Wednesday, September 19, 2007


Pope Benedict XVI quotes St. John Chrysostom on the importance of training children in the faith.

"'In this first stage inclinations to vice and virtue begin to show,'" the Holy Father said. "That is why God's law must be impressed on the soul from the beginning 'as on a table of wax.' In fact this is the most important age.

"We must be aware how important it is that in this first phase of life the major orientations that give the right perspective to existence truly enter into man. Chrysostom therefore recommends: 'From a very young age, arm children with spiritual weapons.'" Share


Vara said...

This is one of the major reasons why the form of the liturgy is so very important. A child taken to either the Liturgy of St John Chrysostom or the Mass of Pius V may not understand the words, nor can he articulate the meaning of the action, nor can he have a sense of the holy as an adult can. Nevertheless, the child knows that the liturgy is "special", that we do things there differently than in common life, and that the adults are showing obvious deference to something larger than they are.

Our children smell the incense, hear the bells, touch the gospel, and see the celebrant bring God amongst us. Yes, our Lord Christ spoke truly when he said, "You must become as a little child..."

Anyone who deprives a child of all these things in their formative years is a thief of souls and a burglar of faith. That is why all of us who cherish traditional faith must see to it that our prayer matches our beliefs. Otherwise, our children enter into life with a burden unneccesarily tied to their backs.


Anonymous said...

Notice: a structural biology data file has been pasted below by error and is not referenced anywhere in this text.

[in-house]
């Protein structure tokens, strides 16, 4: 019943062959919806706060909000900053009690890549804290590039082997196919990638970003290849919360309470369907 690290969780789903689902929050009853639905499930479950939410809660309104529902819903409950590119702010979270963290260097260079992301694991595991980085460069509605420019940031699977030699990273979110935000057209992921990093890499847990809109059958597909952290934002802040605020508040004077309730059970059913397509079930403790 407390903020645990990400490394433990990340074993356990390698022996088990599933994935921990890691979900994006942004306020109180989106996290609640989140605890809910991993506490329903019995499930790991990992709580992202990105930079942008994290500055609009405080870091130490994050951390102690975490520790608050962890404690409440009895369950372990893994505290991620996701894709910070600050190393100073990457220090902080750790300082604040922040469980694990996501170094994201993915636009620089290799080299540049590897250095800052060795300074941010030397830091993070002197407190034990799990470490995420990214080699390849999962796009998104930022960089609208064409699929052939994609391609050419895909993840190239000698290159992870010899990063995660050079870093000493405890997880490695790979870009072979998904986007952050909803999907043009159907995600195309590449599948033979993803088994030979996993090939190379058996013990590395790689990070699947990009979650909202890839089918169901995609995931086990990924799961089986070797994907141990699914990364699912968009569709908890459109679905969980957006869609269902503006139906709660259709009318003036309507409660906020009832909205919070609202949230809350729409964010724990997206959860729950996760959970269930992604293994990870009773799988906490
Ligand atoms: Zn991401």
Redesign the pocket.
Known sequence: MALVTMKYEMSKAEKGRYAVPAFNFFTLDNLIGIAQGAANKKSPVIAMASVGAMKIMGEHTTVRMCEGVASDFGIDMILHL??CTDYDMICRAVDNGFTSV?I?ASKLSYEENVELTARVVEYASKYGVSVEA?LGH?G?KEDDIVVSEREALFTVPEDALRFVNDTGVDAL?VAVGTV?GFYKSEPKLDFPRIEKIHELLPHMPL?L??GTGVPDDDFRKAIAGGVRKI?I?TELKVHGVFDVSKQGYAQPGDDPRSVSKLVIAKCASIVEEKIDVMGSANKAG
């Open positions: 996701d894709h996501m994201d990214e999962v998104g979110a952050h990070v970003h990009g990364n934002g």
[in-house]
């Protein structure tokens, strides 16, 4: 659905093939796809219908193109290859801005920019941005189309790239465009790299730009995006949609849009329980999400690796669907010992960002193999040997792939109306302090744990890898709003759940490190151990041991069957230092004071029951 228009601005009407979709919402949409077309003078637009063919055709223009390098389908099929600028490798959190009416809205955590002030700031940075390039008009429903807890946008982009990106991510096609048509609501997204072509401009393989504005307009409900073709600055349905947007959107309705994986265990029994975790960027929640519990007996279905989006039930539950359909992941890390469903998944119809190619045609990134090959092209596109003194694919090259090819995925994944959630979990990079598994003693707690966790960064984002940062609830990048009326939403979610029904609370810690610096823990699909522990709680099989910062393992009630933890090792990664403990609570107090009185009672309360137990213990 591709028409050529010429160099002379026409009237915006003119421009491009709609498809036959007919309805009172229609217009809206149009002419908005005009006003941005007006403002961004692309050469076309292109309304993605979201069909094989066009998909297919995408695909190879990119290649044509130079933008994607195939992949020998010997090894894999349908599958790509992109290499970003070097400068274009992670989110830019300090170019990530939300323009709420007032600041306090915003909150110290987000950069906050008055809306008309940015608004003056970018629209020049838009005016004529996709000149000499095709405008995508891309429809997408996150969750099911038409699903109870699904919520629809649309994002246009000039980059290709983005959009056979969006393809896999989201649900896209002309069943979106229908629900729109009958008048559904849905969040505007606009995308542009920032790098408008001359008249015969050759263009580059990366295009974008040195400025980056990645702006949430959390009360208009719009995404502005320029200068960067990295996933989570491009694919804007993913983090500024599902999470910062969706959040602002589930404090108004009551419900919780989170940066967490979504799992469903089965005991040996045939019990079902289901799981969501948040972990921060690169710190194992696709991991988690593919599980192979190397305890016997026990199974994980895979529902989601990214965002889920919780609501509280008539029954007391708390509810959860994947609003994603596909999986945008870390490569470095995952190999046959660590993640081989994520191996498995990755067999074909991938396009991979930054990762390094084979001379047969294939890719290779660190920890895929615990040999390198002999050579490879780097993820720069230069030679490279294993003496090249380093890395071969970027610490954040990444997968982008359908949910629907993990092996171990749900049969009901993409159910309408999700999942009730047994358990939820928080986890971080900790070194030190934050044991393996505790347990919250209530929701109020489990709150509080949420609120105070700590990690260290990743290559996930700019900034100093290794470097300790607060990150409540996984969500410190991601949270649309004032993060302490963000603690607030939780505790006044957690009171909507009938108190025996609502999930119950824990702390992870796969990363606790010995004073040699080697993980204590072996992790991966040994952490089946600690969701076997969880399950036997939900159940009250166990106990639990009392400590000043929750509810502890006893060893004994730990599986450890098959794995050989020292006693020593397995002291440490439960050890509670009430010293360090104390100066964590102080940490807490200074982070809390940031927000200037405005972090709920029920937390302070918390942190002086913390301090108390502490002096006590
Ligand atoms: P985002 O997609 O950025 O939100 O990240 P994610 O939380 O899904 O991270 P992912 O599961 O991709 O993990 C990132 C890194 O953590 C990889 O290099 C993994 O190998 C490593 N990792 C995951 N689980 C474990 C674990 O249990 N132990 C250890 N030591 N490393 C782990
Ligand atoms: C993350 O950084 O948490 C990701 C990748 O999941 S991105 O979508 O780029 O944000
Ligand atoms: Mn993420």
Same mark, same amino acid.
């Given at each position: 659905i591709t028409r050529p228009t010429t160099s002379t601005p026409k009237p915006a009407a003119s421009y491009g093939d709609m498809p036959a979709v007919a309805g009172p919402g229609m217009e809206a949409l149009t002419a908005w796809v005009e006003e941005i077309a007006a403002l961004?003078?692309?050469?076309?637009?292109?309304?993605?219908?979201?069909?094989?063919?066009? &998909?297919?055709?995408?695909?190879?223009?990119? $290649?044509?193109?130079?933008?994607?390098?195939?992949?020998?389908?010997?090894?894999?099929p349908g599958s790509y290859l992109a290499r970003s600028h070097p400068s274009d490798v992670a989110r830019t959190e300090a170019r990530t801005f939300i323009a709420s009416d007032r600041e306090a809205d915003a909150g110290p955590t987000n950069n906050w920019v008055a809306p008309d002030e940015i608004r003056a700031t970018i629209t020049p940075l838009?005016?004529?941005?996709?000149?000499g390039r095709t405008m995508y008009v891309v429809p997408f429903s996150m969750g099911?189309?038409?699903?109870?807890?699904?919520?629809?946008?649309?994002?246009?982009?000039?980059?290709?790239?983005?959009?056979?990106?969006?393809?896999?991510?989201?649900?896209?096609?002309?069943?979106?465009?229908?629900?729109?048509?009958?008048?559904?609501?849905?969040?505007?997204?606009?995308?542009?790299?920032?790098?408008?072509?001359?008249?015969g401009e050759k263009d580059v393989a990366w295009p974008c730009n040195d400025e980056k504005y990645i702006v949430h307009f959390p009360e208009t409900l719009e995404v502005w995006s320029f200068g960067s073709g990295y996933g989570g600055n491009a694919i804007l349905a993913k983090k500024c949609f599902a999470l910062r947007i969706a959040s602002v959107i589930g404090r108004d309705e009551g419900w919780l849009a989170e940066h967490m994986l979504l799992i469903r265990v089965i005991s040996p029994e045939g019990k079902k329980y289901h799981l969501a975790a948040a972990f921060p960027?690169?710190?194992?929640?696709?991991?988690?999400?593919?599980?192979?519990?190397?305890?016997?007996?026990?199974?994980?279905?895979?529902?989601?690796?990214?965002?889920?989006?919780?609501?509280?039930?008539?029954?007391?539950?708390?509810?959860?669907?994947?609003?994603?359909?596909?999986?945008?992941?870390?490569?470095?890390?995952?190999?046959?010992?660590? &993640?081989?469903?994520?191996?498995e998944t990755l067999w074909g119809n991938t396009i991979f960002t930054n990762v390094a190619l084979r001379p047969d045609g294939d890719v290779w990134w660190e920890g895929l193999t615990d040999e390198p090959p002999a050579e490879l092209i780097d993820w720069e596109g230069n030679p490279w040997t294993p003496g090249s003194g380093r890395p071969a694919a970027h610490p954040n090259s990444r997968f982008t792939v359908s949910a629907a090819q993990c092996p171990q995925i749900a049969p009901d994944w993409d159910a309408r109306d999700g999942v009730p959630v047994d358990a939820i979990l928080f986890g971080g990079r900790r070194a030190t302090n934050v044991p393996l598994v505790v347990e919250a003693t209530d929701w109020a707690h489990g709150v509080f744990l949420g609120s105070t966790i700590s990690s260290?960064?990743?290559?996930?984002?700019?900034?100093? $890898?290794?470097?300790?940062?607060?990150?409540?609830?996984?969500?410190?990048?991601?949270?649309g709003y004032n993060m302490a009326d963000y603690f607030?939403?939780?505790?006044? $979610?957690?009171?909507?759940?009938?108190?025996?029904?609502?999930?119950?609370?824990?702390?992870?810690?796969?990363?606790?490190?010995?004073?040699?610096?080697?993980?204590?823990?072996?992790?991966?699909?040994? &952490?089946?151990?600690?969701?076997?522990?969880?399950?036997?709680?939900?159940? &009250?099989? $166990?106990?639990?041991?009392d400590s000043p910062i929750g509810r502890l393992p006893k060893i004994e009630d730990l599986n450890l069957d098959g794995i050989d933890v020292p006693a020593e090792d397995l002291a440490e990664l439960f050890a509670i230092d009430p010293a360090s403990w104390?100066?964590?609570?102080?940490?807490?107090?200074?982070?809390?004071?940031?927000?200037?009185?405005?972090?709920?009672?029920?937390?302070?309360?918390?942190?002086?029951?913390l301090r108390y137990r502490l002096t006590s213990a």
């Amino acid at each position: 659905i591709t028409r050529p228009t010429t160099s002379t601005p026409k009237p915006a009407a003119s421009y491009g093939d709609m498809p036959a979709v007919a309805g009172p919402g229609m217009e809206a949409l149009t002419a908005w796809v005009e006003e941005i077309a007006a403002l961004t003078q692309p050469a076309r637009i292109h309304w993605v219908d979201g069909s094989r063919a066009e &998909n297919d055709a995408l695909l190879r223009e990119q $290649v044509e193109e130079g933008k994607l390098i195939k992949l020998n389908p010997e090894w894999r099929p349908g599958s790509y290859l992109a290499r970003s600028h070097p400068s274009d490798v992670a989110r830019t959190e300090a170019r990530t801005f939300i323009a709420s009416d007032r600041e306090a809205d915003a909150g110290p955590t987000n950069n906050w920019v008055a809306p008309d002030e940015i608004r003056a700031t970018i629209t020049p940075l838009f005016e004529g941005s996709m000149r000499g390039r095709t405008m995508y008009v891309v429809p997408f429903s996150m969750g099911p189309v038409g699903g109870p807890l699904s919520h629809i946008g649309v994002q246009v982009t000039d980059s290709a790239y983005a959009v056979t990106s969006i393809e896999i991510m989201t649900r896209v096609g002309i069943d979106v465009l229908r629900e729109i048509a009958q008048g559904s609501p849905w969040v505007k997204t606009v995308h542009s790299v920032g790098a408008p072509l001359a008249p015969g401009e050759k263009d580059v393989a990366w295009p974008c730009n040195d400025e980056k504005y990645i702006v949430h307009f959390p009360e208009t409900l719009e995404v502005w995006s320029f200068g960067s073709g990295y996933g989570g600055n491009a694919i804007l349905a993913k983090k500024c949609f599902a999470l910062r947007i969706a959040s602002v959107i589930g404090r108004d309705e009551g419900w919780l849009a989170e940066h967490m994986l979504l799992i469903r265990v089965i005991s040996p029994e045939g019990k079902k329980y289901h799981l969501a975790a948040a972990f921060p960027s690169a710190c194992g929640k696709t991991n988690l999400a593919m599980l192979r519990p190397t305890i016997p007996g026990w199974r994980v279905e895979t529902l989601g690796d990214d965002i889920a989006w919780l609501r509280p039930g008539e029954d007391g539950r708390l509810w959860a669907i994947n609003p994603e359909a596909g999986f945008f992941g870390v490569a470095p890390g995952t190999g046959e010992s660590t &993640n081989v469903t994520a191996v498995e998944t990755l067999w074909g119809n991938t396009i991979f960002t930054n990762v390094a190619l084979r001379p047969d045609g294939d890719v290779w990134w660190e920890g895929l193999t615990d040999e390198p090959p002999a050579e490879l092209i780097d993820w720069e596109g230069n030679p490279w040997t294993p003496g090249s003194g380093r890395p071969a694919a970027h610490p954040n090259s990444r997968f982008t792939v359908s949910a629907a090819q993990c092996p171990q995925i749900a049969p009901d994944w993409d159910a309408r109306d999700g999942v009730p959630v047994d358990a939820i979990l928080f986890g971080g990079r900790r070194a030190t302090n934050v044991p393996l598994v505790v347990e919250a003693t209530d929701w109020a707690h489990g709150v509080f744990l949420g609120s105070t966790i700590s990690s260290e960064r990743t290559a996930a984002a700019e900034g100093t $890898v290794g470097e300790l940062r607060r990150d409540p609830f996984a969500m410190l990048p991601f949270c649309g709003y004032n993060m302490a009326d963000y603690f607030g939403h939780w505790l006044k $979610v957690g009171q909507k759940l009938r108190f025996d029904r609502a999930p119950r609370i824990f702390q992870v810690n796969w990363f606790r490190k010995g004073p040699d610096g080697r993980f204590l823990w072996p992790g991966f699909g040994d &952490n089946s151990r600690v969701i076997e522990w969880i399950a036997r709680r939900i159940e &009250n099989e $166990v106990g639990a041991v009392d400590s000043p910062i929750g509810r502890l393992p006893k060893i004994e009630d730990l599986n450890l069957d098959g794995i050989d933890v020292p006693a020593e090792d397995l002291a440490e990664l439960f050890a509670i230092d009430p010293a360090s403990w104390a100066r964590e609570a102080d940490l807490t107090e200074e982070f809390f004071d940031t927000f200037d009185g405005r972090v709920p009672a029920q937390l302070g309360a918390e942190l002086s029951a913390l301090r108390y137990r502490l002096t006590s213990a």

What are these spiritual weapons that he refers to?

I assume he means sacramentals like the rosary...any other suggestions?

elena maria vidal said...

I think he means instruction in the faith, in prayers,in Scripture.

Vara said...

I would say that one of the greatest weapons we give to our young is Christ Himself in the Eucharist. Perhaps, Pope Benedict wishes children to receive at a younger age, similar to, but not identical to our usage? It is a possibility.

Everything pales into insignificance when compared with the Eucharist, doesn't it?


Anonymous said...

Today while 'child sitting' I was watching the little boy I was caring for play with his 'hot wheels' cars. He showed me the car and said he pretended that little people got in and drove it. I told him that when I was little I thought little people lived under my bed and in my shoes so I was careful when I stepped down out of bed or put my shoes on because I did not want to step on them. He said he thinks that too, but one has to worry that they will build houses and then there would be too many of them and they would have babies and then there would really be too many of them and so he would have to kill them. I thought, "Wow, what a chilling difference in the way a child from my generation thinks, who never thought of killing as an option or thought of killing at all, to this current generation who discusses killing as casually as eating a popsicle.